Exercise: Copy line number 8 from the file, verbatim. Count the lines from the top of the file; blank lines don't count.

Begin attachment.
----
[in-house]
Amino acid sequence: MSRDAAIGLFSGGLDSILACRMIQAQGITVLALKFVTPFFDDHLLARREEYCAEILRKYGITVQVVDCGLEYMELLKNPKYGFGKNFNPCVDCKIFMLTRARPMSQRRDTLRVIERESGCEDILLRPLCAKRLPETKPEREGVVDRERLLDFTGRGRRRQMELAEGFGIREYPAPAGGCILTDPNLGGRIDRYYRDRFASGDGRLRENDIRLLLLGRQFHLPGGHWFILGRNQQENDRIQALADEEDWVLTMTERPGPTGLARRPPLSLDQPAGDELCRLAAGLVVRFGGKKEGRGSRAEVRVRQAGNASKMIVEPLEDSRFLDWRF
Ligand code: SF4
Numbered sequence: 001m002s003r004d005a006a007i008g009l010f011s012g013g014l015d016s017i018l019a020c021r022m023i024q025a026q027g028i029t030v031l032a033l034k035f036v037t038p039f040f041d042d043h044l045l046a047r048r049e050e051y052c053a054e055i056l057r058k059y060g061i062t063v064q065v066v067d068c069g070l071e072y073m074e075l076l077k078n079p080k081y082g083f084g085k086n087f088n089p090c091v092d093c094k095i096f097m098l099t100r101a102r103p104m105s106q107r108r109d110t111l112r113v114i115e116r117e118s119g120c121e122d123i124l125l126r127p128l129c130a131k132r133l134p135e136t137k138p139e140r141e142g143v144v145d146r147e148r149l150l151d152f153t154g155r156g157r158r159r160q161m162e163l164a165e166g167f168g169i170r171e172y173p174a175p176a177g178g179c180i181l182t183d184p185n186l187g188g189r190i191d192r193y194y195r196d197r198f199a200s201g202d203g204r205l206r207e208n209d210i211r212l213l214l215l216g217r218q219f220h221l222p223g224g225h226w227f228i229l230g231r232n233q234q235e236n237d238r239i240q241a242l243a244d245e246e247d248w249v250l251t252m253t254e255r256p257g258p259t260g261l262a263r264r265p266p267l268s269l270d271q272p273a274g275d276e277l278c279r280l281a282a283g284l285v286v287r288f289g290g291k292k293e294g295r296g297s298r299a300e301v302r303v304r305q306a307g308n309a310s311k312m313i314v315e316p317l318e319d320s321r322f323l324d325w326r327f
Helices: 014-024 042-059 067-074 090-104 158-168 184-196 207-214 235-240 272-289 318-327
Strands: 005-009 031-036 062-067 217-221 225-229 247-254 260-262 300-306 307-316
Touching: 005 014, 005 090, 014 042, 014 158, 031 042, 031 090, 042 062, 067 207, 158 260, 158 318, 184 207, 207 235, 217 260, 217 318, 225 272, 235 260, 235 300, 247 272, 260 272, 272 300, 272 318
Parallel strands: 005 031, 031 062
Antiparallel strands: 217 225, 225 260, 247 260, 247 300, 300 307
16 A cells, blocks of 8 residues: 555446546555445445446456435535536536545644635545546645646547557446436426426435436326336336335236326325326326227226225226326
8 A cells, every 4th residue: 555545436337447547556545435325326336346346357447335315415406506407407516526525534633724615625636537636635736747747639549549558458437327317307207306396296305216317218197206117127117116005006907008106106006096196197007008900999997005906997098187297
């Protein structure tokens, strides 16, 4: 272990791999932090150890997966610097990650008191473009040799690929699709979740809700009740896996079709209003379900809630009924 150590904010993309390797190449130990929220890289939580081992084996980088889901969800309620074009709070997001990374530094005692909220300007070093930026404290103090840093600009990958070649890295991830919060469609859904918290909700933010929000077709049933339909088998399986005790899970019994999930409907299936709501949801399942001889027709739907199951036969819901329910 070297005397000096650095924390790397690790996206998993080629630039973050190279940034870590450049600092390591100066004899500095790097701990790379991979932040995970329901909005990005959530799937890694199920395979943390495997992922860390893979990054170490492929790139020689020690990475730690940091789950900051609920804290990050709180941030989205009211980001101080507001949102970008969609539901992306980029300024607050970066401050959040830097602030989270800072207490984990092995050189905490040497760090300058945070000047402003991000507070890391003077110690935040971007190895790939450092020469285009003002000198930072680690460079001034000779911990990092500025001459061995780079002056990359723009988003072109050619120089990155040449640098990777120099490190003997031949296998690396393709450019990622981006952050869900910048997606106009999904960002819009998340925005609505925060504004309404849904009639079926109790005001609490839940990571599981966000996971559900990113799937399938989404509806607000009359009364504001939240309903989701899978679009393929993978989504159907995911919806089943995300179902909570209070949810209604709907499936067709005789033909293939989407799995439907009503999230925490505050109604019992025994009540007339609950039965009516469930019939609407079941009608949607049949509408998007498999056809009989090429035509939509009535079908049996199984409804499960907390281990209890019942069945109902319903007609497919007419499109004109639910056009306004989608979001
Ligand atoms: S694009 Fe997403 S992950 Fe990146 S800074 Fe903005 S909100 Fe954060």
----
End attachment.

Parallel strands: 005 031, 031 062